As we drove into Brook-street, I told Alice that we were now close to Mrs. Middleton's house; but I did not see in her the least sign of nervousness or agitation at the idea of the approaching interview. I felt calmer myself than I had expected, for it seemed to me that, in her presence, Henry must forget the past; that her husband could not be the Henry I had known, and whom I so much dreaded to meet again; and yet, at the same time, I hardly felt as if she was his wife. As it generally happens when one has speculated much before-hand, on a person's probable conduct and appearance under certain circumstances, Alice, as a wife, though exactly like herself, was quite unlike the various pictures which my imagination had drawn of her during the last few months. At times I had fancied her beaming with happiness, loving and beloved, and in the full enjoyment of those early days of bliss which a young wife so often dreams away in enviable unconsciousness of its transient nature. At other times, and oftener, I had feared that her cheek might be pale, and her spirits broken; that disappointment might have fastened its poisonous fang in her heart; and that I should read in her eyes the fatal secret of an unhappy marriage. But I had found her calm as the surface of a summer sea; and no Virgin Martyr walking with a firm step to the fiery trial: no dying saint closing his eyes in the joyful hope of a certain resurrection, ever seemed more free from earthly passions, earthly cares, or earthly hopes, than the beautiful bride of eighteen who sat by my side.

When we entered the drawing-room in Brook-street, Henry was sitting by his sister. She got up hastily, came up to Alice, and kissing her affectionately, drew her to a couch at the end of the room, and entered into conversation with her, in that kind and eager manner which was peculiar to her. Henry made a step towards them, and then turned back; and, holding out his hand to me, said in a low voice, “You are very kind to her, and so you ought to be.”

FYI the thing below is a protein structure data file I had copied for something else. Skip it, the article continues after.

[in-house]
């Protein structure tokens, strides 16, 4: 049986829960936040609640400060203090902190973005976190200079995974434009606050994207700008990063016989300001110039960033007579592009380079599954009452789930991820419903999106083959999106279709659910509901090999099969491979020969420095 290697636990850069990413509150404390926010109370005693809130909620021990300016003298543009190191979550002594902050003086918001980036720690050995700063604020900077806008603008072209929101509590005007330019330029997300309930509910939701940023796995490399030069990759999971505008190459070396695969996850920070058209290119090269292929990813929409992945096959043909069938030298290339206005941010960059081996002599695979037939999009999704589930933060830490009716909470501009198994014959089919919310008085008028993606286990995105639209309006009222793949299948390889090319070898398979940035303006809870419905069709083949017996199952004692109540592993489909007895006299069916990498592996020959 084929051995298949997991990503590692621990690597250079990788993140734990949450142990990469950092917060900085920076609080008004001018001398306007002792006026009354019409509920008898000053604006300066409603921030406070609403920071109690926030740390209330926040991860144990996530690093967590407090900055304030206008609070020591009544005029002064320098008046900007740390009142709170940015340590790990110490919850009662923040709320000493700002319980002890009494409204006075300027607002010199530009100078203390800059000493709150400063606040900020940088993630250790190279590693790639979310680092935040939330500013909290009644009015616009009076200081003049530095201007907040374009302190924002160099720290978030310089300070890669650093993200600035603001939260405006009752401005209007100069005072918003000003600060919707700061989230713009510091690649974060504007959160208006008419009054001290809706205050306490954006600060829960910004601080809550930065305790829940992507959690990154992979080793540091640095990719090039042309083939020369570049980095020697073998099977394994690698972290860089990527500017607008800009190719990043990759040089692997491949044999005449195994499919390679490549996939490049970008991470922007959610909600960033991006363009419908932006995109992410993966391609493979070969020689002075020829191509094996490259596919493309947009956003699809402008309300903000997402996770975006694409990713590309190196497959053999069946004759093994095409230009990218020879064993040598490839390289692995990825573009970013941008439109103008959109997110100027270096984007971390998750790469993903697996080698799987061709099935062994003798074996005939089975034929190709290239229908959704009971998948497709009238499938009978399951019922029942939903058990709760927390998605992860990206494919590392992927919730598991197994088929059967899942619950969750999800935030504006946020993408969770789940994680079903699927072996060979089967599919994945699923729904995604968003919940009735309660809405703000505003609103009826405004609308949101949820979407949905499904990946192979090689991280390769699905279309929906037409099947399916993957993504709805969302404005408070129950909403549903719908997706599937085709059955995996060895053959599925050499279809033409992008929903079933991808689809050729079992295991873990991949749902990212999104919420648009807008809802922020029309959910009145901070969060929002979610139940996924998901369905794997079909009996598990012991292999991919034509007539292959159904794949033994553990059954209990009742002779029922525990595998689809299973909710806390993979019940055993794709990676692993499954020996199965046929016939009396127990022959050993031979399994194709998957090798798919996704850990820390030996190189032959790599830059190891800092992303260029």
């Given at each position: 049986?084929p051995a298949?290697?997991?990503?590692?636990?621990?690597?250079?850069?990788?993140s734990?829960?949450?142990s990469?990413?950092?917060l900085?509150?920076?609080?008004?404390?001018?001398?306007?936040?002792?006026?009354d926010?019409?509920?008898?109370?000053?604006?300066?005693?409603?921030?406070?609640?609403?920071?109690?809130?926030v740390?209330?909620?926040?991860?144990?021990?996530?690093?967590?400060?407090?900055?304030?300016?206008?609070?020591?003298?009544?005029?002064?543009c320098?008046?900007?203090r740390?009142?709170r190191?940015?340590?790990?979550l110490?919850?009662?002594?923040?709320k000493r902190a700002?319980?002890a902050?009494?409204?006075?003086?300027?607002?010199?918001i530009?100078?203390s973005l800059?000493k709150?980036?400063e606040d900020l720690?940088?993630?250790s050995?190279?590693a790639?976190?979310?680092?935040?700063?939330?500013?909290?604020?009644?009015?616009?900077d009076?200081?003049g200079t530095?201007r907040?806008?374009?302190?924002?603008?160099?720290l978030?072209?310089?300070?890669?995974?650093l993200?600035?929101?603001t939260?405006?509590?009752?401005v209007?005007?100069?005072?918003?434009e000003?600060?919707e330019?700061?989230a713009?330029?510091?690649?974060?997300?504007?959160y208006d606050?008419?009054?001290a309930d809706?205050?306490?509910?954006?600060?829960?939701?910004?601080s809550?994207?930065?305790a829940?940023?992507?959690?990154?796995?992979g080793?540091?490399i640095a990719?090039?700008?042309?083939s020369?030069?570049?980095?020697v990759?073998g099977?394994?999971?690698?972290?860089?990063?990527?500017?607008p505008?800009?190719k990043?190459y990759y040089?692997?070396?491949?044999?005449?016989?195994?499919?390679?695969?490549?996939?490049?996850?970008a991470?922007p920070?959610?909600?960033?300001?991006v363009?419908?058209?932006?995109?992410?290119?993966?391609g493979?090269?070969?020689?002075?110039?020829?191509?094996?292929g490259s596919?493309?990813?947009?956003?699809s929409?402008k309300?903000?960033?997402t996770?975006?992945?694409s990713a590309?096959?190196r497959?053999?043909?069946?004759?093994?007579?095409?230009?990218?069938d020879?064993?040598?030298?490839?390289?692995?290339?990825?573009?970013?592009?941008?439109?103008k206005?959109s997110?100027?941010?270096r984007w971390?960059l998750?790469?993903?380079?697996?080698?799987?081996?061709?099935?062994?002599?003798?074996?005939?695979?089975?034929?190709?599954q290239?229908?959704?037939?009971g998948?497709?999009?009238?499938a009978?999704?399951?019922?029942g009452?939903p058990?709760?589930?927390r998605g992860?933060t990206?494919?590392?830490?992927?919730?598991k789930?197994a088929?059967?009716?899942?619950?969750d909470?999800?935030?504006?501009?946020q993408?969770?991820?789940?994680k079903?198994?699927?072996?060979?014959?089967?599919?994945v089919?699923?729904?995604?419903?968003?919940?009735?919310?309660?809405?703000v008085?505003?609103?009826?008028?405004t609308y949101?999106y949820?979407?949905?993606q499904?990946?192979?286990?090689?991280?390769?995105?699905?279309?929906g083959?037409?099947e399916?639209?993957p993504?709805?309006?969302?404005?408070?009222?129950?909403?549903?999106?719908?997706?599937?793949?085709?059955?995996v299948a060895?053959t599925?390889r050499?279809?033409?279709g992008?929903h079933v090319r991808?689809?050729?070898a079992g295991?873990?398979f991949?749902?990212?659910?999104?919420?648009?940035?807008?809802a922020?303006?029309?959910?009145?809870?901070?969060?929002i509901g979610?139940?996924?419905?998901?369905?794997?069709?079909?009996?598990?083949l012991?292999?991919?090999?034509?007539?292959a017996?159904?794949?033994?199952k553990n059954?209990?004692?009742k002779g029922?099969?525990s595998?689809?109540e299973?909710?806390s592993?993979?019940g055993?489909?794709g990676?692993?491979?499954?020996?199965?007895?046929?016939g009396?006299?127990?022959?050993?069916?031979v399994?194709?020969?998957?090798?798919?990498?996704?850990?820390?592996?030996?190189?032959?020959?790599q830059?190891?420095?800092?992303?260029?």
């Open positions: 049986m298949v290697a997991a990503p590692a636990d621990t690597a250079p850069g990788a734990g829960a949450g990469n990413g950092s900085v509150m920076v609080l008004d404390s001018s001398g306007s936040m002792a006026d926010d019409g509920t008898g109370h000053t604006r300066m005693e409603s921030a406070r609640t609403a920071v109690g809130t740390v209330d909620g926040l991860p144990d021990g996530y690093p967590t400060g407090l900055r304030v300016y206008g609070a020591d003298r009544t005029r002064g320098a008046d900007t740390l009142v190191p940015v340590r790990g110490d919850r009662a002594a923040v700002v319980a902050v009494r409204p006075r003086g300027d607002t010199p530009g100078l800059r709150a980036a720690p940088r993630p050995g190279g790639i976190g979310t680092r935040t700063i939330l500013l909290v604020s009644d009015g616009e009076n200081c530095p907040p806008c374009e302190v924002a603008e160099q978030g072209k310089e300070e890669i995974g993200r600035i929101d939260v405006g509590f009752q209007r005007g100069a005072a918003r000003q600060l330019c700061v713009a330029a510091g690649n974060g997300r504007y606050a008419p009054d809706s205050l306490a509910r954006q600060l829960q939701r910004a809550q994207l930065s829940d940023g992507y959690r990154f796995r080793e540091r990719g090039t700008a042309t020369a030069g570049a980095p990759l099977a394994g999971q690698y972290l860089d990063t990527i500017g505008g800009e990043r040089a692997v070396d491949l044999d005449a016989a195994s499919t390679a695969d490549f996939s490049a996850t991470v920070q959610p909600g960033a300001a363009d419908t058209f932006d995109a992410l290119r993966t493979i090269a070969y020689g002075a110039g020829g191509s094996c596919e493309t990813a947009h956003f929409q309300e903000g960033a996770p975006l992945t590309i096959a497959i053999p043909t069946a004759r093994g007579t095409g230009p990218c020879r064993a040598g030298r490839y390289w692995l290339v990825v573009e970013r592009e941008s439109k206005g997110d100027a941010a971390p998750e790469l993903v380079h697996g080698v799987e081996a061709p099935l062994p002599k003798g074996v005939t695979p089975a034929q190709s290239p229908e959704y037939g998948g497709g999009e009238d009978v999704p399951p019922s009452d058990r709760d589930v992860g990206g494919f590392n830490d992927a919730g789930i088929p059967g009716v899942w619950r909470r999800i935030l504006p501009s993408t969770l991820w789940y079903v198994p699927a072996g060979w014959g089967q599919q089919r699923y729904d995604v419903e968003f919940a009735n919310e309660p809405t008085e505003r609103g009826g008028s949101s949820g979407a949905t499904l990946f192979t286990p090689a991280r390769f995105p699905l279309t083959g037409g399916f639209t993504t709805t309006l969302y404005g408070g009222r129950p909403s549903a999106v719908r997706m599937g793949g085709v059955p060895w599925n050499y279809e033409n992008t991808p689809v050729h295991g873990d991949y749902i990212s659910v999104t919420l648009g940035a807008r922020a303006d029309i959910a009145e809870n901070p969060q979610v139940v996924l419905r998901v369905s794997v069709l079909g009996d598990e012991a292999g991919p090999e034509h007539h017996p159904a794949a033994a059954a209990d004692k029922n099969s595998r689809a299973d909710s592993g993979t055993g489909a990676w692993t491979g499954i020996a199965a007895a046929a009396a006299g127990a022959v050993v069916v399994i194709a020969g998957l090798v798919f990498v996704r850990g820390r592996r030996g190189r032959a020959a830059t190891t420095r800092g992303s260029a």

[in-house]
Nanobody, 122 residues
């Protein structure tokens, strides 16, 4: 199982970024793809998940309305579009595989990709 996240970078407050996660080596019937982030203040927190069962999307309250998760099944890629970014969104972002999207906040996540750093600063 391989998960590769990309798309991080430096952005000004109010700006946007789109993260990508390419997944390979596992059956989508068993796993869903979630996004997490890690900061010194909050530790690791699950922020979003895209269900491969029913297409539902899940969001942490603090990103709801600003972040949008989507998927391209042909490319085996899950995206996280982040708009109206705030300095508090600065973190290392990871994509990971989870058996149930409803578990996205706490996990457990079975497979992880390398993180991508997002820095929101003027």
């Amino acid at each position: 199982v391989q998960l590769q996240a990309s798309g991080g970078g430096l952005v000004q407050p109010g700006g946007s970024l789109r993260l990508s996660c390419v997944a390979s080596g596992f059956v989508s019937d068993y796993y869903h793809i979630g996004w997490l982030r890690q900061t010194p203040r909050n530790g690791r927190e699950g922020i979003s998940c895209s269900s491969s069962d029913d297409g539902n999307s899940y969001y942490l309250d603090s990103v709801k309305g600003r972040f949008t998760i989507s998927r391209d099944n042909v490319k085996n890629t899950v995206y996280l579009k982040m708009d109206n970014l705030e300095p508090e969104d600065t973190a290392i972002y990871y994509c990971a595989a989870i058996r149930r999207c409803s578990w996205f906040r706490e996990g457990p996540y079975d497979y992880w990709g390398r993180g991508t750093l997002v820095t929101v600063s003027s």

I returned the pressure of his hand, and answered in the same tone, “Who in the world could be otherwise than kind to her?”

“Poor Alice!” he said, and drew his hand across his brow, as if in pain.

He was pale, and he had grown very thin since I last had seen him. He drew me to the furthest window by some insignificant question, and then told me that his father was expected in town the next day; and now that his sister had seen Alice, he supposed that he would do so too.

“I am glad, very glad of it, Henry; I am not sure if he will appreciate her thoroughly; but I know she will,” I said looking at Mrs. Middleton.

“She will do her harm,” he muttered.


“Yes, as she has done you harm.”

“What harm has she ever done me?”

“Made you what you are,—too good to be bad, and ...”

“Too bad to be good? True; but that has not been her doing.”

“Has it not?” he retorted, and fixed his eyes upon me, as if he would have read into my soul.

After a pause, he said, glancing at Alice, “Take care what you do with her. She lives in a dream; and if you show her but once life as it is—as it ought to have been for her,—she will wake, break her heart, if she has one, or that of someone else, if she has not.”

I could hardly command myself sufficiently to speak; but, laying my head against the window pane, and without looking at him, I said in a low voice, “Surely, Henry, you try to make her happy—you must feel affection for her?”

“Enough to wish, with all my soul, that I had never set eyes on her, or on you.—Don't go—don't stir from where you are. Once for all, hear it—you must listen to whatever I may choose to say to you. Once you would not believe me, when I told you that, by your obstinacy, you would sacrifice the happiness of three persons. You have done it; for mine” (he said this with a bitter laugh) “and your own and hers hang upon a thread. If you think to brave me, do so; go away now, and never speak to me again; but then, by Heaven, the thread snaps; and you will believe me this time, I hope!”